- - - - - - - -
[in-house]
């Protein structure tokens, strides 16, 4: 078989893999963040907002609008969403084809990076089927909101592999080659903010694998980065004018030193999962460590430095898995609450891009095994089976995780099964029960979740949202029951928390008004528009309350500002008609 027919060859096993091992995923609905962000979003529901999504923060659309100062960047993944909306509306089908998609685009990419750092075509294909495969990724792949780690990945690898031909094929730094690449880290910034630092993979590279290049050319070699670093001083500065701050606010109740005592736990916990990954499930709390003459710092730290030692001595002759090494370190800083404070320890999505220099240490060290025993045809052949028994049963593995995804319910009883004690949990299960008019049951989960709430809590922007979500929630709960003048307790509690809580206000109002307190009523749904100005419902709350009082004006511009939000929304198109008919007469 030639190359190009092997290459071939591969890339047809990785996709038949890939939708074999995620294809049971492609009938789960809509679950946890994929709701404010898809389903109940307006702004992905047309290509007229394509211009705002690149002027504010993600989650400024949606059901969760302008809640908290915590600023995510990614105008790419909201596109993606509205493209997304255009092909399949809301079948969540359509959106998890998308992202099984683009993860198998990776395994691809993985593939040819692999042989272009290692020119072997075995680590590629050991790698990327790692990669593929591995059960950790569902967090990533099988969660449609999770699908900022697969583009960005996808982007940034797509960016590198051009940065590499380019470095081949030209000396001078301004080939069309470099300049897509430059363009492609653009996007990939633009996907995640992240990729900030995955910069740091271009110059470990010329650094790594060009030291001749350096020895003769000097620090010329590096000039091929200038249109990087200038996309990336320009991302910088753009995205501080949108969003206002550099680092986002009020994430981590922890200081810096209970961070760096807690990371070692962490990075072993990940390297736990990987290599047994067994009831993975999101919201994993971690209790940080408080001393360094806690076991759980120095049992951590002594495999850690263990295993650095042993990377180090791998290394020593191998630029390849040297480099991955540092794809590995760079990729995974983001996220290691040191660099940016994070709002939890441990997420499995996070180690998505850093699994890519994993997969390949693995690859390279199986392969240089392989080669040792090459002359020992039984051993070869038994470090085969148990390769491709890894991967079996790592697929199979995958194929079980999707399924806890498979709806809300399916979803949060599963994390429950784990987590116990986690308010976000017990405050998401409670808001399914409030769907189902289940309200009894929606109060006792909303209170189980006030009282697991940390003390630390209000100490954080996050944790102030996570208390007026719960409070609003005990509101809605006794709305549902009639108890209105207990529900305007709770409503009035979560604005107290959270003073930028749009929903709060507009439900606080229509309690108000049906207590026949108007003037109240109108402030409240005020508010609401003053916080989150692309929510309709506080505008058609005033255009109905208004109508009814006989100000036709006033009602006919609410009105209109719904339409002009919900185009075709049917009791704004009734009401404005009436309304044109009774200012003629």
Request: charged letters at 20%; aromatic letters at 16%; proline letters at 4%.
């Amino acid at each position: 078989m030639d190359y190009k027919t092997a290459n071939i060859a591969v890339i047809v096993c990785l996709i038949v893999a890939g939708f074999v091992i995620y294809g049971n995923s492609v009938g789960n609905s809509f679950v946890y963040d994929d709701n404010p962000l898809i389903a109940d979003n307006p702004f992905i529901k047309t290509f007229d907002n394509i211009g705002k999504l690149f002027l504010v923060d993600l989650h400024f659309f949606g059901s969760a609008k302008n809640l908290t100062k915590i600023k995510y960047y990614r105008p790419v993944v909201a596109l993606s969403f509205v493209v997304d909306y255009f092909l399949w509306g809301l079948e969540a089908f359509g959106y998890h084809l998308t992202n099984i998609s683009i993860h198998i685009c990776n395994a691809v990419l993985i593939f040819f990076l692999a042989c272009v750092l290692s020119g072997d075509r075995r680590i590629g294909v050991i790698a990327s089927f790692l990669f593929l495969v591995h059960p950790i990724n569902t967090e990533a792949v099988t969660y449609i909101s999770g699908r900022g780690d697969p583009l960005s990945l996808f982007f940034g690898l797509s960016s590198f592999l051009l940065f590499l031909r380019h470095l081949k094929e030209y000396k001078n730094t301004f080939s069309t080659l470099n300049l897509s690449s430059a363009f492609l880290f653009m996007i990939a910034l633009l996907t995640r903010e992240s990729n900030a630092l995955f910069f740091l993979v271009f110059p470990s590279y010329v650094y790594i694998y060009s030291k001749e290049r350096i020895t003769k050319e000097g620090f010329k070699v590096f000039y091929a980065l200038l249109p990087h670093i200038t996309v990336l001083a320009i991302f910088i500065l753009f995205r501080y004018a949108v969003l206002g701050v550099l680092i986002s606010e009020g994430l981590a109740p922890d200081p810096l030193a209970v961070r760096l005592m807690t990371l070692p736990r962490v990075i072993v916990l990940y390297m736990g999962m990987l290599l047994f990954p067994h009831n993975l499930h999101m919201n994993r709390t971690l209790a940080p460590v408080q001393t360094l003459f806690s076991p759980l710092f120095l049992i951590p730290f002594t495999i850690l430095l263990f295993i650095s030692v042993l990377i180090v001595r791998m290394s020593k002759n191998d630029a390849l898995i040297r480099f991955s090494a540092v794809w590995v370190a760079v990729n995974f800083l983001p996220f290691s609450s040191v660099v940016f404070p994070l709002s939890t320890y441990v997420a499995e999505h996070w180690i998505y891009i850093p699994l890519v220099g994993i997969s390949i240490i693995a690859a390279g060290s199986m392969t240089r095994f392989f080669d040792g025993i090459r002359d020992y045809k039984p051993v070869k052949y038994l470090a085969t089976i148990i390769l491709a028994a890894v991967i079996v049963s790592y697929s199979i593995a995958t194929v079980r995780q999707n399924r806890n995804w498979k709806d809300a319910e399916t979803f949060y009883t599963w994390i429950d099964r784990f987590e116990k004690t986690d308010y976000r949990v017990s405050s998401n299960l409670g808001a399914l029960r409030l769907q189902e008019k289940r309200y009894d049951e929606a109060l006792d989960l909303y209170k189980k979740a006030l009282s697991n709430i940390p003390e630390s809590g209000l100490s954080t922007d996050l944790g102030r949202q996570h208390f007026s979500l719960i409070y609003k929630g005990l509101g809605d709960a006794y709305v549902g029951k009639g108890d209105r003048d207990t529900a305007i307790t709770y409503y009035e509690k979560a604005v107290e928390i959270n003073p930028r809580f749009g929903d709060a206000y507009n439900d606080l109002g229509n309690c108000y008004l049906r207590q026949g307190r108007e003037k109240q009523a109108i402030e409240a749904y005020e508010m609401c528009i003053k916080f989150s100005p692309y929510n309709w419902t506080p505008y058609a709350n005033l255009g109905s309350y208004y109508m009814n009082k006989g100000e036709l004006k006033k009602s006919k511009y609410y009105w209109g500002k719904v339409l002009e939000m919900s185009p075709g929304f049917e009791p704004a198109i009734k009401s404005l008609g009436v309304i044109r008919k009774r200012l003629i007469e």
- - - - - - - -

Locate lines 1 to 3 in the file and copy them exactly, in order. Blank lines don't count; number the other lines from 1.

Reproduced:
[in-house]
């Protein structure tokens, strides 16, 4: 078989893999963040907002609008969403084809990076089927909101592999080659903010694998980065004018030193999962460590430095898995609450891009095994089976995780099964029960979740949202029951928390008004528009309350500002008609 027919060859096993091992995923609905962000979003529901999504923060659309100062960047993944909306509306089908998609685009990419750092075509294909495969990724792949780690990945690898031909094929730094690449880290910034630092993979590279290049050319070699670093001083500065701050606010109740005592736990916990990954499930709390003459710092730290030692001595002759090494370190800083404070320890999505220099240490060290025993045809052949028994049963593995995804319910009883004690949990299960008019049951989960709430809590922007979500929630709960003048307790509690809580206000109002307190009523749904100005419902709350009082004006511009939000929304198109008919007469 030639190359190009092997290459071939591969890339047809990785996709038949890939939708074999995620294809049971492609009938789960809509679950946890994929709701404010898809389903109940307006702004992905047309290509007229394509211009705002690149002027504010993600989650400024949606059901969760302008809640908290915590600023995510990614105008790419909201596109993606509205493209997304255009092909399949809301079948969540359509959106998890998308992202099984683009993860198998990776395994691809993985593939040819692999042989272009290692020119072997075995680590590629050991790698990327790692990669593929591995059960950790569902967090990533099988969660449609999770699908900022697969583009960005996808982007940034797509960016590198051009940065590499380019470095081949030209000396001078301004080939069309470099300049897509430059363009492609653009996007990939633009996907995640992240990729900030995955910069740091271009110059470990010329650094790594060009030291001749350096020895003769000097620090010329590096000039091929200038249109990087200038996309990336320009991302910088753009995205501080949108969003206002550099680092986002009020994430981590922890200081810096209970961070760096807690990371070692962490990075072993990940390297736990990987290599047994067994009831993975999101919201994993971690209790940080408080001393360094806690076991759980120095049992951590002594495999850690263990295993650095042993990377180090791998290394020593191998630029390849040297480099991955540092794809590995760079990729995974983001996220290691040191660099940016994070709002939890441990997420499995996070180690998505850093699994890519994993997969390949693995690859390279199986392969240089392989080669040792090459002359020992039984051993070869038994470090085969148990390769491709890894991967079996790592697929199979995958194929079980999707399924806890498979709806809300399916979803949060599963994390429950784990987590116990986690308010976000017990405050998401409670808001399914409030769907189902289940309200009894929606109060006792909303209170189980006030009282697991940390003390630390209000100490954080996050944790102030996570208390007026719960409070609003005990509101809605006794709305549902009639108890209105207990529900305007709770409503009035979560604005107290959270003073930028749009929903709060507009439900606080229509309690108000049906207590026949108007003037109240109108402030409240005020508010609401003053916080989150692309929510309709506080505008058609005033255009109905208004109508009814006989100000036709006033009602006919609410009105209109719904339409002009919900185009075709049917009791704004009734009401404005009436309304044109009774200012003629």
Request: charged letters at 20%; aromatic letters at 16%; proline letters at 4%.